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Department of Fish, Wildlife and Conservation Ecology

vertebrate specimen
The NMSU Wildlife Museum, housed in Knox Hall, has over 6,000 vertebrate specimens
unique ecosystem
Our research programs use traditional and emerging methods to study the unique ecosystems of New Mexico and the arid Southwest
New Mexico Cooperative Fish and Wildlife Research Unit
We are the home of the New Mexico Cooperative Fish and Wildlife Research Unit
New Mexico Wilderness Alliance, the Wildlife Society, and the American Fisheries Society
We sponsor student chapters of the New Mexico Wilderness Alliance, the Wildlife Society, and the American Fisheries Society
career preparation
The department's undergraduate program prepares you for a career in conservation and management of fish, wildlife, and their habitats
Graduate Program
The department offers a graduate program leading to the Master of Science degree

Bienvenidos!

Welcome to the Department of Fish, Wildlife and Conservation Ecology. We apply traditional and emerging scientific methods to understand the ecology of fish and wildlife and use this knowledge for conservation and management. We strive for excellence in research, teaching and outreach with our efforts focused on the diverse ecosystems of the American Southwest and northern Mexico. Please explore our academic programs and the research that our professors and students are conducting in the field and laboratory.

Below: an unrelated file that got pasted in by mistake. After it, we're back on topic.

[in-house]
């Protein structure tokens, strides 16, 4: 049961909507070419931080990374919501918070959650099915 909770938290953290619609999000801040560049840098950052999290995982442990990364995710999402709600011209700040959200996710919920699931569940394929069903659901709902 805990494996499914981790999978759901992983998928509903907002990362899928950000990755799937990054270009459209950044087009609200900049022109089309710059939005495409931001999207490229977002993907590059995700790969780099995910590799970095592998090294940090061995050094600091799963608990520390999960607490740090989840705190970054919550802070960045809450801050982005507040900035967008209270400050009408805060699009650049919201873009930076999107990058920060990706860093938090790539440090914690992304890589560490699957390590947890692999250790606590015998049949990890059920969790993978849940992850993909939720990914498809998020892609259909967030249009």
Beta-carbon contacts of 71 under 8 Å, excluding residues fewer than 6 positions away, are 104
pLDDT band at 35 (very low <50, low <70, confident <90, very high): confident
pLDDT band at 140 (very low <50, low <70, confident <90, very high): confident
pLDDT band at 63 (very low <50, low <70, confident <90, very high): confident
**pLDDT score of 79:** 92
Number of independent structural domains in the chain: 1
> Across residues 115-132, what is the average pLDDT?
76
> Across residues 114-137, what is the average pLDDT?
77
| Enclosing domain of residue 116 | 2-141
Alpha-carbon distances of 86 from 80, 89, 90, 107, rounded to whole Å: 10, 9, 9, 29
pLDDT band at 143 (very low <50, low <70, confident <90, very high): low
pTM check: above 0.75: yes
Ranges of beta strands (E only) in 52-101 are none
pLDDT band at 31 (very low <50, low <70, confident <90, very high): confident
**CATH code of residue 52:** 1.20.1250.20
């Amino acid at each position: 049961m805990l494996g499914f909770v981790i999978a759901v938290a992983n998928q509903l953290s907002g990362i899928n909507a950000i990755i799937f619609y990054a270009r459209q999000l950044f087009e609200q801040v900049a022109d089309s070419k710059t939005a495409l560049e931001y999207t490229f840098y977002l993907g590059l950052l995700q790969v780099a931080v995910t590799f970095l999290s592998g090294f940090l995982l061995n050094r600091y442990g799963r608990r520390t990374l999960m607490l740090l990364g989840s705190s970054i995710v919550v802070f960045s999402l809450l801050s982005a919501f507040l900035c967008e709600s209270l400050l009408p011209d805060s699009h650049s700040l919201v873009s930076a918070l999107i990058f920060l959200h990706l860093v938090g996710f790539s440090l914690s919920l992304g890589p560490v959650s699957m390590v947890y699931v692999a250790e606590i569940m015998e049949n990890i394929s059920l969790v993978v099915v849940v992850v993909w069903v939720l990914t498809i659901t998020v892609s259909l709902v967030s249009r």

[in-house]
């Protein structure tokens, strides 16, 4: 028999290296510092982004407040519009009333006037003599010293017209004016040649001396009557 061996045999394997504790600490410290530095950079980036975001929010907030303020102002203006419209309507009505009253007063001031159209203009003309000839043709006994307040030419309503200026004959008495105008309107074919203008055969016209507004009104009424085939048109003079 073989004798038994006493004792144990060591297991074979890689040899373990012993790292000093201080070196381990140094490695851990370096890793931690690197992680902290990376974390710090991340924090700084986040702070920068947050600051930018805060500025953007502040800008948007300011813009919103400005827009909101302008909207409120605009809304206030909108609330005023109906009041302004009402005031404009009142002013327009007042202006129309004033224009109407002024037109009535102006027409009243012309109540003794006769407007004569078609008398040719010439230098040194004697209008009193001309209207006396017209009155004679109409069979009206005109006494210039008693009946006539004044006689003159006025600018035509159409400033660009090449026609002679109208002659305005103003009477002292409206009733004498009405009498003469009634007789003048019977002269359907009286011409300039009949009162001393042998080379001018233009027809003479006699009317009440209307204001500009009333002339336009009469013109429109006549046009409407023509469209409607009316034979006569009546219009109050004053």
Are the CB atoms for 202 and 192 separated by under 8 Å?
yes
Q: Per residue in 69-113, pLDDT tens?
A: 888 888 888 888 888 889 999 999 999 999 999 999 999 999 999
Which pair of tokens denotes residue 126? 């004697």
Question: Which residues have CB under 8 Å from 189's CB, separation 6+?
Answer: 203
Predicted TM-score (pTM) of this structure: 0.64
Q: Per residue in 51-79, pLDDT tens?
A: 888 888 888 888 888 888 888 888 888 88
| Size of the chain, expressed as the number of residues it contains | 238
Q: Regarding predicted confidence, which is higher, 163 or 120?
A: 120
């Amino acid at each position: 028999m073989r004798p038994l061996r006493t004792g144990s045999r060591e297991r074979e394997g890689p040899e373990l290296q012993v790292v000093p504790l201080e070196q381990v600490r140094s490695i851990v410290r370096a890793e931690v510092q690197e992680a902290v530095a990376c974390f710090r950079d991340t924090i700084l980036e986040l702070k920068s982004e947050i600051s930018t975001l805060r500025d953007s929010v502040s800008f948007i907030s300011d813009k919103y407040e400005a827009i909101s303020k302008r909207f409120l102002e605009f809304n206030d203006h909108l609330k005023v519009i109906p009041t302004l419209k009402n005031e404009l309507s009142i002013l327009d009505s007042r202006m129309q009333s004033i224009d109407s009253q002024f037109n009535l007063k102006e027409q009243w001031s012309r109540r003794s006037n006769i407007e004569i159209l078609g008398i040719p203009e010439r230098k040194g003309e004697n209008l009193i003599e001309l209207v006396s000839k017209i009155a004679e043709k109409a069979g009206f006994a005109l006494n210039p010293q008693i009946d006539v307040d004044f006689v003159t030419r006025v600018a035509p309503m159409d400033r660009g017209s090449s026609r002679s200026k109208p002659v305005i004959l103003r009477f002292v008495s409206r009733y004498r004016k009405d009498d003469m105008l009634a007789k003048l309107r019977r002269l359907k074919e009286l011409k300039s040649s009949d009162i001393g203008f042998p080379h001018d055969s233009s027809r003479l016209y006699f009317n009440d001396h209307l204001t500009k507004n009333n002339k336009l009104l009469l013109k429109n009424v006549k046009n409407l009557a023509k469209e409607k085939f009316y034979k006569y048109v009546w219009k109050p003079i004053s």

FWCE Grad Student Assists USFWS in Sandhill Crane Study

Matthew Boggie, a grad student with the New Mexico Cooperative Fish and Wildlife Research Unit in the Dept. of Fish, Wildlife and Conservation Ecology is pursuing his graduate studies under Dr. Scott Carleton with a team from the U.S. Fish and Wildlife Service. In the accompanying article Matt bands a greater sandhill crane in preparation for release at the Bosque del Apache National Wildlife Refuge in New Mexico.


FWCE Graduate Student Explores Ground-breaking Research Method

Image of ...Meredith Camplell
Meredith Campbell

FWCE Grad Student Meredith Campbell conducted research on hundreds of endangered humpback chubs in the Grand Canyon for nearly two weeks in early Fall accompanied by her Advisor, Dr. Colleen A. Caldwell, Fisheries Biologist (USGS) and Affiliate Professor with FWCE, along with other U.S. Fish and Wildlife Service employees. Campbell is attempting to develop a non-lethal tool for detecting the Asian tapeworm, an invasive parasite affecting many wild fishes in North America, and determine the percentage of the humpback chub population that is infected. The U.S. Fish and Wildlife Service is very interested in Campbell's findings and to use her non-lethal method on captive populations currently in hatcheries, such as the Southwestern Native Aquatic Resources & Recovery Center in Dexter, NM.






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Contact

Department of Fish, Wildlife and Conservation Ecology
2980 South Espina, Knox Hall 132
P.O. Box 30003, MSC 4901
Las Cruces, NM 88003-8003
Phone: 575-646-1544
Fax: 575-646-1281
Email: FWCE@nmsu.edu